Group rides, however, require more organization. It’s important to establish a leader and a set formation (usually a staggered arrangement for better visibility and safety). Communication among group members is key, whether through hand signals or intercom systems. Pre-ride meetings to discuss the route, stops, and hand signals are also beneficial.
Whether you choose to ride solo or as part of a group, the core principles of motorcycle safety remain the same: stay alert, follow traffic rules, wear appropriate gear, and ride within your skill level. Both solo and group riding offer unique experiences and joys, and understanding the dynamics of each can enhance your overall riding experience.
How Does the Weather in Oregon Affect Motorcycle Riding?
The weather in Oregon requires riders to be adaptable and prepared for a variety of conditions. Oregon’s diverse climate can present challenges, but understanding and respecting these conditions can lead to a safe and enjoyable riding experience.
During the rainy seasons, roads can become slick and visibility can decrease. Wet conditions necessitate a more cautious riding approach, including reducing speed, allowing for longer braking distances, and using tires suited for wet roads. Rain gear is also essential to stay dry and maintain body temperature.
In colder months, frost and ice can be a hazard, especially early in the morning or shaded areas. Cold temperatures also mean that you should wear proper insulated gear to protect against hypothermia. Heated gear, such as gloves and jackets, can make winter riding more comfortable.
While summer in Oregon can offer ideal riding conditions, it’s still important to wear proper gear to protect against the sun and potential road rash. Higher temperatures can lead to dehydration, so carrying water and taking frequent breaks is important.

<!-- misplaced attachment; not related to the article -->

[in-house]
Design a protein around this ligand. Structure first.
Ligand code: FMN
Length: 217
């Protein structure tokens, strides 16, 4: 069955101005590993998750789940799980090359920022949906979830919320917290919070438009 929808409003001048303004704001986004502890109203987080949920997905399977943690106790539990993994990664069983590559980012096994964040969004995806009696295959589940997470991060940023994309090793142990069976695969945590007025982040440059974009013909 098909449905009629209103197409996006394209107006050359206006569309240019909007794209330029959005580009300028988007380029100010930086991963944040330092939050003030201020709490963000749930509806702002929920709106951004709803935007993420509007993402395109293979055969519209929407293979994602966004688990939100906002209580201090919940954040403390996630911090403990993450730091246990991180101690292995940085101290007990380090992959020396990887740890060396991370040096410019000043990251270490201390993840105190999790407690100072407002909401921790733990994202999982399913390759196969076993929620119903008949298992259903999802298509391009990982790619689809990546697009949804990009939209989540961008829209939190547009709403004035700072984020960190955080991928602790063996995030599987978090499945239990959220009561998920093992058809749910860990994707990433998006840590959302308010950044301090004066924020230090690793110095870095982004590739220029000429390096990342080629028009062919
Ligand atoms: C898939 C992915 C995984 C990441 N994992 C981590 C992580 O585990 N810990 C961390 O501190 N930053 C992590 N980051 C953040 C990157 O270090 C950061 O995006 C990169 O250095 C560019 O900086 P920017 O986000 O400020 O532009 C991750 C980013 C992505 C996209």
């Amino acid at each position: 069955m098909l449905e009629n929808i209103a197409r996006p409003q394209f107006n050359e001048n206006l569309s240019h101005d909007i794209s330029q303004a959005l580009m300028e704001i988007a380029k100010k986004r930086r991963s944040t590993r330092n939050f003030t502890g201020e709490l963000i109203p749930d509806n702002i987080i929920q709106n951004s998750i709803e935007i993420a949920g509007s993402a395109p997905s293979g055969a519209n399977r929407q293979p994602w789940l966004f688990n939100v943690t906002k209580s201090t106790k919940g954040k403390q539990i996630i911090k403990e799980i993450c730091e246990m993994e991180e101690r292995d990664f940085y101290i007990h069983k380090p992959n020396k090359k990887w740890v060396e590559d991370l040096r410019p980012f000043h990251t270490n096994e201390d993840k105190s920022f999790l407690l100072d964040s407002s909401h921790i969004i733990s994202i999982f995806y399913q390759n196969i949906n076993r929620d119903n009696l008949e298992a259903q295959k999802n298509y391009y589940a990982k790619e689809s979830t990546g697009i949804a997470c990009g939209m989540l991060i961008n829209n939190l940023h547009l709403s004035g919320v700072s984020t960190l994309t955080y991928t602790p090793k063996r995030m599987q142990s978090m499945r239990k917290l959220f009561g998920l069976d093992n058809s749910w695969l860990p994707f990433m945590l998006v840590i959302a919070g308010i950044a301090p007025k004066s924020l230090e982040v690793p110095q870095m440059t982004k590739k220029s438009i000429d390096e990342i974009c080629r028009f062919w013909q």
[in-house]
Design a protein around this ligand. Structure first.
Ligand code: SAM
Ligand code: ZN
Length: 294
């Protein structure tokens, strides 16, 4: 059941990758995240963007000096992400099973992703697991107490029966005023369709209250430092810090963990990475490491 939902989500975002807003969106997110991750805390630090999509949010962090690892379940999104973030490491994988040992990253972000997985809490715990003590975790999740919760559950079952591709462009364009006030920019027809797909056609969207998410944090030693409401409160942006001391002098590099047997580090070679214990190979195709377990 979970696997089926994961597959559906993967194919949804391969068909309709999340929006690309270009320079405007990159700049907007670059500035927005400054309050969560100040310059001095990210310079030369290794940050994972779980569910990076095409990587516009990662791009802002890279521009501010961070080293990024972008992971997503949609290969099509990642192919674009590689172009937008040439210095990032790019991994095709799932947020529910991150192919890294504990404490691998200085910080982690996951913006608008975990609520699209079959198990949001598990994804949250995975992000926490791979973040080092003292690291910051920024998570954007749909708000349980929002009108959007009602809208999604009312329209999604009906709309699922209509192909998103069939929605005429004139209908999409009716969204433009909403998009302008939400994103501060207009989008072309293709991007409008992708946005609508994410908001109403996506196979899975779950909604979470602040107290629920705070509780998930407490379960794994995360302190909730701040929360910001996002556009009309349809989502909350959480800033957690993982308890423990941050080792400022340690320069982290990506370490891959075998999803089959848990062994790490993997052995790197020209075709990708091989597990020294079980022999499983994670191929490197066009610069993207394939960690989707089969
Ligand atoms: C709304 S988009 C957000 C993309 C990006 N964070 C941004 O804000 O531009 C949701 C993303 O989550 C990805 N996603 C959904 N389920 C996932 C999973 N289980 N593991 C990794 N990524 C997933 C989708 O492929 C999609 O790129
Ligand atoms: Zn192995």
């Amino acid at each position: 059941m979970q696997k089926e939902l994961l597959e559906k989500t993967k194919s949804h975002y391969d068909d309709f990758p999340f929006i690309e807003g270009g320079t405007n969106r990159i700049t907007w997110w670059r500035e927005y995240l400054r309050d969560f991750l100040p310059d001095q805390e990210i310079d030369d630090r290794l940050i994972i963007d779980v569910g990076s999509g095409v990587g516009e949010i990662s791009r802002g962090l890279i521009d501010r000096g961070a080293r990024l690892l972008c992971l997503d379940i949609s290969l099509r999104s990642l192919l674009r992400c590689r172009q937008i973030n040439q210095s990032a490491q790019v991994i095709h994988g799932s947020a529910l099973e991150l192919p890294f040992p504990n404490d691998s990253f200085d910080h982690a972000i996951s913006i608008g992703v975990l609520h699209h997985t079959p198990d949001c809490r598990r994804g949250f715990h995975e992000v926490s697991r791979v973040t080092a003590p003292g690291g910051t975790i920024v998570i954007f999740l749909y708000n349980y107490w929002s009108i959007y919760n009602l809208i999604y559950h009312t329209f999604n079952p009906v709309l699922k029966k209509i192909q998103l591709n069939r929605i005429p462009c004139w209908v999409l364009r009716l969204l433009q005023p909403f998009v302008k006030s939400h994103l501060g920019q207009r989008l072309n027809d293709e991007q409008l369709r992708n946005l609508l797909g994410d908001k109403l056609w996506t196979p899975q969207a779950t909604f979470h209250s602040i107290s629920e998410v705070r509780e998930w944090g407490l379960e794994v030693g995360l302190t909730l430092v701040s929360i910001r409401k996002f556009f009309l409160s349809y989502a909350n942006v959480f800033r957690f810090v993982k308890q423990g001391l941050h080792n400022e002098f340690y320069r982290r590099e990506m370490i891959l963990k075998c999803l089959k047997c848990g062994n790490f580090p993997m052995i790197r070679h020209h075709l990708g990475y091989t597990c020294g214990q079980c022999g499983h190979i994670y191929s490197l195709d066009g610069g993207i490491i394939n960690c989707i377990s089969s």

Finally, in regions like the Oregon coast or mountainous areas, fog can suddenly reduce visibility. When riding in fog, it’s important to reduce speed, use low-beam headlights, and wear high-visibility clothing to ensure you’re seen by other drivers.
Being aware of Oregon’s changing weather patterns and preparing accordingly can help ensure a safer, more enjoyable motorcycle riding experience. Always check the forecast before heading out, and remember that the key to dealing with any weather condition is to adjust your riding style, speed, and equipment to match the environment.
What Oregon Motorcycle Laws Should Out-of-State Riders Be Aware Of?
If you’re temporarily living out of Oregon but planning to apply for a motorcycle endorsement here, it’s important to know about the motorcycle rider education course requirements. Oregon allows you to complete an approved Motorcycle Rider Education Course in another state, but there are certain conditions to keep in mind.
You must apply for your motorcycle endorsement within two years of completing the course. However, if the course completion card has an earlier expiration date, you’ll need to apply before it expires.
The courses approved by the Oregon DMV include:
- California Motorcyclist Safety Program (CMSP) Motorcyclist Training Course
- Idaho Skills Training Advantage for Riders (STAR)
- Motorcycle Ohio Rider Enhancement (MORE)
- Motorcycle Safety Foundation (MSF) motorcycle rider education course
- Puget Sound Safety Motorcycle Education Program (PSS-MEP)
- Total Control Riding Clinic
By completing any of these courses, you’ll be eligible to apply for a motorcycle endorsement in Oregon. This flexibility allows you to meet Oregon’s requirements even when you’re residing in a different state. Remember- having a motorcycle endorsement is essential for legally riding a motorcycle in Oregon, so ensure you complete the necessary steps within the specified timeframe.
Questions About Motorcycle Safety in Oregon?
By wearing the proper gear, staying aware of Oregon’s specific riding laws, and adapting to changing environments, motorcyclists can significantly enhance their safety and enjoyment on the road. However, even with the best precautions, accidents can happen.
If you’re injured while riding your motorcycle in Oregon, it’s important to have strong and reliable legal representation. At Harris Velázquez Gibbens, we understand the challenges riders face and are ready to aggressively demand the compensation and support you deserve. For more information or to schedule a no-obligation consultation, call 503-610-4398 or contact us online.